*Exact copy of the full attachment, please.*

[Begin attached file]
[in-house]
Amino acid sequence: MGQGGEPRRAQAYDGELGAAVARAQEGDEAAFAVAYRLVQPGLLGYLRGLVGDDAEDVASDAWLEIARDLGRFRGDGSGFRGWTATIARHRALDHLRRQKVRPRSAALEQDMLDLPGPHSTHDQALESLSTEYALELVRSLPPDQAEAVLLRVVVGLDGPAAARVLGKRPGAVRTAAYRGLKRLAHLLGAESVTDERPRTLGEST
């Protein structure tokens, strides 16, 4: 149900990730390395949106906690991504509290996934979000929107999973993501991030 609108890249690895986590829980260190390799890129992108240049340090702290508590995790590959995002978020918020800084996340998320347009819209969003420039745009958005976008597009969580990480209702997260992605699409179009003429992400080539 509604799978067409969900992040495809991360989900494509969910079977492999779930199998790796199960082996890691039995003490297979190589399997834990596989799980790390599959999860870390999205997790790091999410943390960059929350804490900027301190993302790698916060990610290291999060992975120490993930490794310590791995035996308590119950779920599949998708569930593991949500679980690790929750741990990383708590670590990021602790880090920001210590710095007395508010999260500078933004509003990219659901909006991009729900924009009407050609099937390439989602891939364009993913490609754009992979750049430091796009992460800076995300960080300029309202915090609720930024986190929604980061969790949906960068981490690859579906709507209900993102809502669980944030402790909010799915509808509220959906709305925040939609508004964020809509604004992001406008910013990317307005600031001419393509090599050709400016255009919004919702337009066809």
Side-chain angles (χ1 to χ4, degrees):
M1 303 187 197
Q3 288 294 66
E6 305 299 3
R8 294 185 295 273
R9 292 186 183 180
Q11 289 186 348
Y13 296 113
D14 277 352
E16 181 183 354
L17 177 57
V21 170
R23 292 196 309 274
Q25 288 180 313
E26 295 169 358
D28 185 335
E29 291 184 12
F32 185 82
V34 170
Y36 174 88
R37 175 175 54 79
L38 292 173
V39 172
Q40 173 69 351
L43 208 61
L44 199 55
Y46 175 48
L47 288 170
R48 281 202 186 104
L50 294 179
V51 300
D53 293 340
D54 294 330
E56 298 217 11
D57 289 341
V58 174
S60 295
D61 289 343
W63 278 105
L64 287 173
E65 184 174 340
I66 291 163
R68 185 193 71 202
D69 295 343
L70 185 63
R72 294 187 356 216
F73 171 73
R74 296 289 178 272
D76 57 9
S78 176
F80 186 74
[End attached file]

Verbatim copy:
[in-house]
Amino acid sequence: MGQGGEPRRAQAYDGELGAAVARAQEGDEAAFAVAYRLVQPGLLGYLRGLVGDDAEDVASDAWLEIARDLGRFRGDGSGFRGWTATIARHRALDHLRRQKVRPRSAALEQDMLDLPGPHSTHDQALESLSTEYALELVRSLPPDQAEAVLLRVVVGLDGPAAARVLGKRPGAVRTAAYRGLKRLAHLLGAESVTDERPRTLGEST
């Protein structure tokens, strides 16, 4: 149900990730390395949106906690991504509290996934979000929107999973993501991030 609108890249690895986590829980260190390799890129992108240049340090702290508590995790590959995002978020918020800084996340998320347009819209969003420039745009958005976008597009969580990480209702997260992605699409179009003429992400080539 509604799978067409969900992040495809991360989900494509969910079977492999779930199998790796199960082996890691039995003490297979190589399997834990596989799980790390599959999860870390999205997790790091999410943390960059929350804490900027301190993302790698916060990610290291999060992975120490993930490794310590791995035996308590119950779920599949998708569930593991949500679980690790929750741990990383708590670590990021602790880090920001210590710095007395508010999260500078933004509003990219659901909006991009729900924009009407050609099937390439989602891939364009993913490609754009992979750049430091796009992460800076995300960080300029309202915090609720930024986190929604980061969790949906960068981490690859579906709507209900993102809502669980944030402790909010799915509808509220959906709305925040939609508004964020809509604004992001406008910013990317307005600031001419393509090599050709400016255009919004919702337009066809």
Side-chain angles (χ1 to χ4, degrees):
M1 303 187 197
Q3 288 294 66
E6 305 299 3
R8 294 185 295 273
R9 292 186 183 180
Q11 289 186 348
Y13 296 113
D14 277 352
E16 181 183 354
L17 177 57
V21 170
R23 292 196 309 274
Q25 288 180 313
E26 295 169 358
D28 185 335
E29 291 184 12
F32 185 82
V34 170
Y36 174 88
R37 175 175 54 79
L38 292 173
V39 172
Q40 173 69 351
L43 208 61
L44 199 55
Y46 175 48
L47 288 170
R48 281 202 186 104
L50 294 179
V51 300
D53 293 340
D54 294 330
E56 298 217 11
D57 289 341
V58 174
S60 295
D61 289 343
W63 278 105
L64 287 173
E65 184 174 340
I66 291 163
R68 185 193 71 202
D69 295 343
L70 185 63
R72 294 187 356 216
F73 171 73
R74 296 289 178 272
D76 57 9
S78 176
F80 186 74